Lesbian Chef Ashley Merriman Reaching for the Stars
The Top Chef alum brings her aspirations to a New York institution.
When out lesbian and Top Chef alum Ashley Merriman seized the reins at Vanity Fair editor Graydon Carter’s The Waverly Inn in New York’s West Village last year, she already knew it was going to be a good fit.
The famous and cozy dining hotspot with its trademark red banquettes is a noted celebrity haunt with a constellation of stars from fashion, film, music and media meeting there to see and be seen. On one night you might see Top Chef’s Padma Lakshmi and author Salman Rushdie dining next to Tony Award nominee Justin Vivian Bond; on another, Victoria Beckham and Marc Jacobs chatting about a new fashion venture while Calvin Klein grabs a drink at the bar.
Such a famous celebrity haunt might seem a surprising venue for Merriman’s cuisine, which she describes as approachable and thoughtful. After all, the well-respected Top Chef alum gained quite a following at Manhattan’s Butter and The Darby, where she worked as the chef de cuisine under executive chef Alex Guarnaschelli.
“I was pretty hesitant [when I interviewed for The Waverly Inn], because I had been working hard on my own business plan and was starting the process of raising money to open my own restaurant,” Merriman says. “Once I interviewed, however, I knew that it would be a good fit and that it was a huge opportunity.”
While the Waverly Inn might not afford Merriman the opportunity to showcase her dishes in the way that her own restaurant would, she has enjoyed the challenge of making the menu her own without completely changing it.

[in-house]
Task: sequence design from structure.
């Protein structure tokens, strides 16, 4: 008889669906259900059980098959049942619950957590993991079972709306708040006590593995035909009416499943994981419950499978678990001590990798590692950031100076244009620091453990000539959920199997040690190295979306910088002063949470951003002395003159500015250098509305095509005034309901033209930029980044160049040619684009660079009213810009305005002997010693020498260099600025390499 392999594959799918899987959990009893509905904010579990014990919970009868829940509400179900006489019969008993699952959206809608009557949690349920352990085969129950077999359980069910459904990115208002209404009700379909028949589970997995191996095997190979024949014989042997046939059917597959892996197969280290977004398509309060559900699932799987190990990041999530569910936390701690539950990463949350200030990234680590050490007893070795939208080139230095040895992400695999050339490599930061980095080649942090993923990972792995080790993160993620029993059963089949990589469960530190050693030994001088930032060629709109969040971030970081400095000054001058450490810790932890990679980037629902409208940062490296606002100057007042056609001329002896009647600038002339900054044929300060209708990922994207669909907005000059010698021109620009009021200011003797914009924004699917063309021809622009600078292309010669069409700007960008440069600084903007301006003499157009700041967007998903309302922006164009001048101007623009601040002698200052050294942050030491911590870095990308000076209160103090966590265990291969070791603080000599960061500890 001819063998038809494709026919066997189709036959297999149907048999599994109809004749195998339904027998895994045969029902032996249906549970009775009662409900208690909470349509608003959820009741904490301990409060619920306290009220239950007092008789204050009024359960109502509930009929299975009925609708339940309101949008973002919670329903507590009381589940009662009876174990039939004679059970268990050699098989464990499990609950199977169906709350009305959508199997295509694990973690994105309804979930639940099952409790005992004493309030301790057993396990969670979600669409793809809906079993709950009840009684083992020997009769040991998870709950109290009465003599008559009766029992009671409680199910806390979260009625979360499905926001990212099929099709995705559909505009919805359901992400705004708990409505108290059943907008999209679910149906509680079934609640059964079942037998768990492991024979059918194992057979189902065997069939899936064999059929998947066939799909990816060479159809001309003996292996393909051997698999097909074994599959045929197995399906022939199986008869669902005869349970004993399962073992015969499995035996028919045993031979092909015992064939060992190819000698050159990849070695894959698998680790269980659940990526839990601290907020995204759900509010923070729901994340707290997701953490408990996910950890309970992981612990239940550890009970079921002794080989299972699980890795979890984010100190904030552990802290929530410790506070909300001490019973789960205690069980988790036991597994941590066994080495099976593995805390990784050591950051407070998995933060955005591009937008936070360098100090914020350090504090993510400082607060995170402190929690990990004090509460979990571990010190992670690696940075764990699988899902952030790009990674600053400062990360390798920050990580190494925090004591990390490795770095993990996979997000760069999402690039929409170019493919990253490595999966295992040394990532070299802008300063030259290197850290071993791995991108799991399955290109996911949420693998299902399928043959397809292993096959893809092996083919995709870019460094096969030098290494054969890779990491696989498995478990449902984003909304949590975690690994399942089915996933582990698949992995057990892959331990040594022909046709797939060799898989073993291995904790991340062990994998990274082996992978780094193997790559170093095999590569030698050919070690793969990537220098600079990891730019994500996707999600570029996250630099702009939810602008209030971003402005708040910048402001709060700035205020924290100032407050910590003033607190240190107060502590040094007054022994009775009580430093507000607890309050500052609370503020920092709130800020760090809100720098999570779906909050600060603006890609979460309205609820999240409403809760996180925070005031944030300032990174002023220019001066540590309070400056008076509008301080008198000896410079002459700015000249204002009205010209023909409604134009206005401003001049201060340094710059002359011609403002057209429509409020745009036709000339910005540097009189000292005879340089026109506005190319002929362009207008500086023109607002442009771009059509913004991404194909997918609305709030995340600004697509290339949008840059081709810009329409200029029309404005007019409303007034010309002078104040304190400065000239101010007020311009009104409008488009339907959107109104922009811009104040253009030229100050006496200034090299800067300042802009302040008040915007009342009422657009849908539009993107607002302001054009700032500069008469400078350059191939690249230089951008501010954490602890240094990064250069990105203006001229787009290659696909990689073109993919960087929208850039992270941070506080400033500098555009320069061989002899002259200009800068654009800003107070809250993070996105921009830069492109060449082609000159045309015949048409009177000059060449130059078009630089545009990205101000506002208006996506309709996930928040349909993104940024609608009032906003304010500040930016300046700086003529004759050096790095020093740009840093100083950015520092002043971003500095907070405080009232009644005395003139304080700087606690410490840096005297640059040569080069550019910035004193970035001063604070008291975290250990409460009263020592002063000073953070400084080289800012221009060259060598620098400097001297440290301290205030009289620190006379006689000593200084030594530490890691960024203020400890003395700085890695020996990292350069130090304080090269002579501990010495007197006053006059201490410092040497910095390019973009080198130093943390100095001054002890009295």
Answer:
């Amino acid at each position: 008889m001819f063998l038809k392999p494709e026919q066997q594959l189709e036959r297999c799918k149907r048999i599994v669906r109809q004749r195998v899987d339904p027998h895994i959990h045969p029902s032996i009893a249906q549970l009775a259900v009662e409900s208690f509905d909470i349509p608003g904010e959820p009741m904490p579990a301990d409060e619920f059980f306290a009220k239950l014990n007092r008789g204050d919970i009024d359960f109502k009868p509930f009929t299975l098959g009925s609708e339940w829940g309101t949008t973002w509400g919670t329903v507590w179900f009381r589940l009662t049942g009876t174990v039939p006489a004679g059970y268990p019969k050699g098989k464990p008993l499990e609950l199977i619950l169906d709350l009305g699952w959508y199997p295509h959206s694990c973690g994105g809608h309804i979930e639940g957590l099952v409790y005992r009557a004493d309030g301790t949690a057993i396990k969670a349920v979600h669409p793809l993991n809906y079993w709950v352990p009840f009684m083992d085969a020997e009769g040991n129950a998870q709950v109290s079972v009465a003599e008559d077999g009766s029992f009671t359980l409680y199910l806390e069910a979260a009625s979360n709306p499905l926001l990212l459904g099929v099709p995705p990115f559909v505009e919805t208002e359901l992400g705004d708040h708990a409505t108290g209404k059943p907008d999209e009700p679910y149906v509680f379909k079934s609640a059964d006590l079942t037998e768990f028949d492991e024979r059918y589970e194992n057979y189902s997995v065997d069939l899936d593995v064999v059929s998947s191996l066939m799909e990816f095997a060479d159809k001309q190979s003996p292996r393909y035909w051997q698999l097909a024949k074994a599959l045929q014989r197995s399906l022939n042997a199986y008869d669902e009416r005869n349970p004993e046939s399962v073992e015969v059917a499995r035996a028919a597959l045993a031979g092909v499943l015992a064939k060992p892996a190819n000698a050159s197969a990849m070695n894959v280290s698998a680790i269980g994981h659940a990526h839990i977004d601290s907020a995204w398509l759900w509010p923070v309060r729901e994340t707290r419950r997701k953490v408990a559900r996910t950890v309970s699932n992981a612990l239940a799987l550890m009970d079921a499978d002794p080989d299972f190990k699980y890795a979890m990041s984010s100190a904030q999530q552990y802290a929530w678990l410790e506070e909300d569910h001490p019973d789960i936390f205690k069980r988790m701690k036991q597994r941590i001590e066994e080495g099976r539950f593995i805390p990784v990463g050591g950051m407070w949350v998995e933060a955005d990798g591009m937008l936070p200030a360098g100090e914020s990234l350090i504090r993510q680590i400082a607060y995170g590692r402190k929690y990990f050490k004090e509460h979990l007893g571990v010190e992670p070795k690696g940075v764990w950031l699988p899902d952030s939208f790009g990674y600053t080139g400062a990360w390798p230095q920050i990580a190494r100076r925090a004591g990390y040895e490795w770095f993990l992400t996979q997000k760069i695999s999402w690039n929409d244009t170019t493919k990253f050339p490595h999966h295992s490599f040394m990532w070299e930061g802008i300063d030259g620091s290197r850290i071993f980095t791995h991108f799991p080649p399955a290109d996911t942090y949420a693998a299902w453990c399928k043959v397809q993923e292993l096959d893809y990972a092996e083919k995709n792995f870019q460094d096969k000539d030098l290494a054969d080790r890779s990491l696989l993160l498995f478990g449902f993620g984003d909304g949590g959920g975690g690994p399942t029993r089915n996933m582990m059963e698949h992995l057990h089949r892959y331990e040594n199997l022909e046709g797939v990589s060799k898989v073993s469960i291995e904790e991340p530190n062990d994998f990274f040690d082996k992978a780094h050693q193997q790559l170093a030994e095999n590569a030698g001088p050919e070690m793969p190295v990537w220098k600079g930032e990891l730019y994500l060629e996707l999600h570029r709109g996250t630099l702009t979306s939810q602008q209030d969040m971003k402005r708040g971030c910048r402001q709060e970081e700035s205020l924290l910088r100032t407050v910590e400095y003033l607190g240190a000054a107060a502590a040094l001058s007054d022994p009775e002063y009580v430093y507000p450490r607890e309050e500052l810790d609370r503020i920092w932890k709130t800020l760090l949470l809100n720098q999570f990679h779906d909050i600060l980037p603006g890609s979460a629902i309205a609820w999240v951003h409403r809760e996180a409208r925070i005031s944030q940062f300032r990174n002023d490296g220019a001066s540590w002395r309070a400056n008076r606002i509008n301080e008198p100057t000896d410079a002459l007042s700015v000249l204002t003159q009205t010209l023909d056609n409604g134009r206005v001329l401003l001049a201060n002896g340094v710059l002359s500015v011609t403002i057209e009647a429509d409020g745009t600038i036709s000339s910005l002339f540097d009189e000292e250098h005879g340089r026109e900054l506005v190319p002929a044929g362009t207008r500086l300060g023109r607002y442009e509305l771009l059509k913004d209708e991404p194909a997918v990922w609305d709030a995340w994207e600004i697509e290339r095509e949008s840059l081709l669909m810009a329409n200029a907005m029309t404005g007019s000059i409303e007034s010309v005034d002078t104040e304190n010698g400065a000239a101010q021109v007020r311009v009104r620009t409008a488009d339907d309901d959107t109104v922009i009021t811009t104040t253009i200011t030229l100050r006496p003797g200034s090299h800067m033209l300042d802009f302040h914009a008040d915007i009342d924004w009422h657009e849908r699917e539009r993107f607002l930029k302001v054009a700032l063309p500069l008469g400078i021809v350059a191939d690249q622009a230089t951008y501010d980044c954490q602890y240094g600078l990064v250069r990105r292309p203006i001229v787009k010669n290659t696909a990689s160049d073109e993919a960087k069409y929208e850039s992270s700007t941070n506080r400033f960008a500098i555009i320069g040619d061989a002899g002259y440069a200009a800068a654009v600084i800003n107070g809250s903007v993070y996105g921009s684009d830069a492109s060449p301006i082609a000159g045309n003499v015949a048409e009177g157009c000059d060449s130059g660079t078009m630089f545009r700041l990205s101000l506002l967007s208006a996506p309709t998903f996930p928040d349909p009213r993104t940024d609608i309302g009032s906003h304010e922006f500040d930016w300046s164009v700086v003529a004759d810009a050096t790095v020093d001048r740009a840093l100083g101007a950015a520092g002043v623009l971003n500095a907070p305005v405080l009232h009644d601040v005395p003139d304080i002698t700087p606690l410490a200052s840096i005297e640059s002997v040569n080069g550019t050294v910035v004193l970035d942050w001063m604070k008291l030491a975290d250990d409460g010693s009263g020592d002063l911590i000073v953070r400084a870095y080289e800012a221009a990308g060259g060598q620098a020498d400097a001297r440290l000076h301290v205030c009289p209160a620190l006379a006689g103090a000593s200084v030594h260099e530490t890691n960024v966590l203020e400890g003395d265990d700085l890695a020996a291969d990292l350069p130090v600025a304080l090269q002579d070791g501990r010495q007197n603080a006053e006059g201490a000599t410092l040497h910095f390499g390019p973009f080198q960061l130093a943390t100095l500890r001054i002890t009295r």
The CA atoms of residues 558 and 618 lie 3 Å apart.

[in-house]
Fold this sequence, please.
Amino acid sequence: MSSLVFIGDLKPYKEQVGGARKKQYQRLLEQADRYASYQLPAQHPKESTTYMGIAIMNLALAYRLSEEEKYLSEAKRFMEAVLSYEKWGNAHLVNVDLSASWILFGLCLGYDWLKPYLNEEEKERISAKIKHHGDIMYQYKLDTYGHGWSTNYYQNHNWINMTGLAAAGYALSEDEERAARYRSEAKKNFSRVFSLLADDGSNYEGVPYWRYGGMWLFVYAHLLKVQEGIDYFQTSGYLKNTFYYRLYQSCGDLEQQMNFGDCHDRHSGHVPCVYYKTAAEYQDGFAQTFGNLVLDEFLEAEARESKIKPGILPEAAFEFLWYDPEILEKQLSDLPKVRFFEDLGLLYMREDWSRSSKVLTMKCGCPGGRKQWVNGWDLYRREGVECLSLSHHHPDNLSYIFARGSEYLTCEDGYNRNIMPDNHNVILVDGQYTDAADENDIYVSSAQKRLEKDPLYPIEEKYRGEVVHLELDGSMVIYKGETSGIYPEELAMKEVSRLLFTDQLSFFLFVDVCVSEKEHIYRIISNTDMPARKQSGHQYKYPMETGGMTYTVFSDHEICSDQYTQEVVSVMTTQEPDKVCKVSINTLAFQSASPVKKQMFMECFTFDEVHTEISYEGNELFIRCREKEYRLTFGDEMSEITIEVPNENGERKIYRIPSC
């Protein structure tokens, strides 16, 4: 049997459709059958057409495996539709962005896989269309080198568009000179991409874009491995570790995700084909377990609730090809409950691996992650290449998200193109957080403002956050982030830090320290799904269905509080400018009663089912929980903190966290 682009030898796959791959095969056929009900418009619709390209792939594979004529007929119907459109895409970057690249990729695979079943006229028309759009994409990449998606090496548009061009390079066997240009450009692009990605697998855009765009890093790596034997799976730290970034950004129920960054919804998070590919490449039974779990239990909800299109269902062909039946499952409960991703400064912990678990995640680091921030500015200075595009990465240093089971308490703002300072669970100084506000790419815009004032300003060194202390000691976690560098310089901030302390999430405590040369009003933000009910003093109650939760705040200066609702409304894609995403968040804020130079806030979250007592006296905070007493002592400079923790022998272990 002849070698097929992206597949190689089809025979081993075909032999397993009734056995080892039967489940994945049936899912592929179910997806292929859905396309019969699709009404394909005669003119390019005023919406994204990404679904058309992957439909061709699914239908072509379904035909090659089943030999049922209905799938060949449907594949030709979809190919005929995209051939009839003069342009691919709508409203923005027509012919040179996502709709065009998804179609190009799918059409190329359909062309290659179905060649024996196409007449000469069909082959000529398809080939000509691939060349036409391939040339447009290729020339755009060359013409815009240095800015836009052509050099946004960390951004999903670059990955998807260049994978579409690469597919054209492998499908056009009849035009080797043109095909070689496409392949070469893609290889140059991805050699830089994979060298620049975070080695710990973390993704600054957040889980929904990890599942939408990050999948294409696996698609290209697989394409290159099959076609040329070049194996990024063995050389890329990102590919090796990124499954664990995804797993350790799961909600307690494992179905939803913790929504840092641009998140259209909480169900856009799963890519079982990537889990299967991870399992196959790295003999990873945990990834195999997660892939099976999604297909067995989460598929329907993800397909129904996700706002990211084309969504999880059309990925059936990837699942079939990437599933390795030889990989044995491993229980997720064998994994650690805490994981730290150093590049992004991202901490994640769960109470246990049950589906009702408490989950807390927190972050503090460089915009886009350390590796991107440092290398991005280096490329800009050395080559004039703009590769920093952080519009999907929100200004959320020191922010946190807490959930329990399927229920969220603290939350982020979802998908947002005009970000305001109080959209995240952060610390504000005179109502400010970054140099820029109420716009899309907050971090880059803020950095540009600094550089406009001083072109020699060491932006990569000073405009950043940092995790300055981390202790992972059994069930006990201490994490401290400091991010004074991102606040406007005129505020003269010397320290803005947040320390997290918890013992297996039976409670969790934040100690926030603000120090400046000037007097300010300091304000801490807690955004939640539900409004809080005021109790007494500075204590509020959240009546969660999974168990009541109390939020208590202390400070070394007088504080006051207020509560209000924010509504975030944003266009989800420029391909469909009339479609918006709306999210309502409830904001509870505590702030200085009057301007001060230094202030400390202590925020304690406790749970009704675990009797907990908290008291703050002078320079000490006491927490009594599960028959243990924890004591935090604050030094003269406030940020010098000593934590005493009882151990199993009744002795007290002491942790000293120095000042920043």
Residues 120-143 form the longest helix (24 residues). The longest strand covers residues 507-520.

“There are things on the menu here that have been here since day one and won’t ever come off—it’s my job to make them as good as they can be and make sure that the other food we cook here makes sense with the restaurant,” Merriman says.
She has introduced four or five specials each night that allow her to express herself outside the confines of the restaurant’s traditional fare. Her biggest focus—and her greatest passion right now, in addition to the food—is the staff.
“The way I approach management is that I think it’s my job to make the cooks who work for me better than they were the day before,” she says. “Ideally, there are a few cooks who will end up better than me—that’s my goal. I approach every day like that. And I want to create habits of excellence in all of my cooks, in everything we do.
“I guess that’s how my management style could best be described—creating habits of excellence, just trying to bring out the best in every cook who works for me. I’m literally nothing without the people who show up and work for me every day, and I treat them as such.”
Merriman’s style certainly instills loyalty in her staff. Take, for example, her sous chef, Quinton, whom Merriman nurtured as an intern seven years ago while she was working as a sous chef in Seattle.
“The other sous chef and head chef thought I was wasting my time on trying to teach him and make him better,” the out lesbian recalls. “I just saw something in him—tenacity, really—that made me want to push him and make him better.
Today, Quinton sports a tattoo of Ashley’s initials on his arm next to a large butterfly, symbolizing his transition and honoring the woman who helped him achieve it.
“I think I helped Quinton develop a style where he tries to get the most out of himself every day, where he pushes himself to be better than he was yesterday, where he learns something new—and that’s part of the way he manages the cooks who work for us now,” Merriman says.
As for Merriman, she applies her management philosophy to herself as well, always pushing to be better and to reach the next level.
“I’d really love to have my own restaurant at some point, but I’m really happy where I am right now,” Merriman says. “I hope in 20 years I can say the same thing—that I’m really happy where I am now.”
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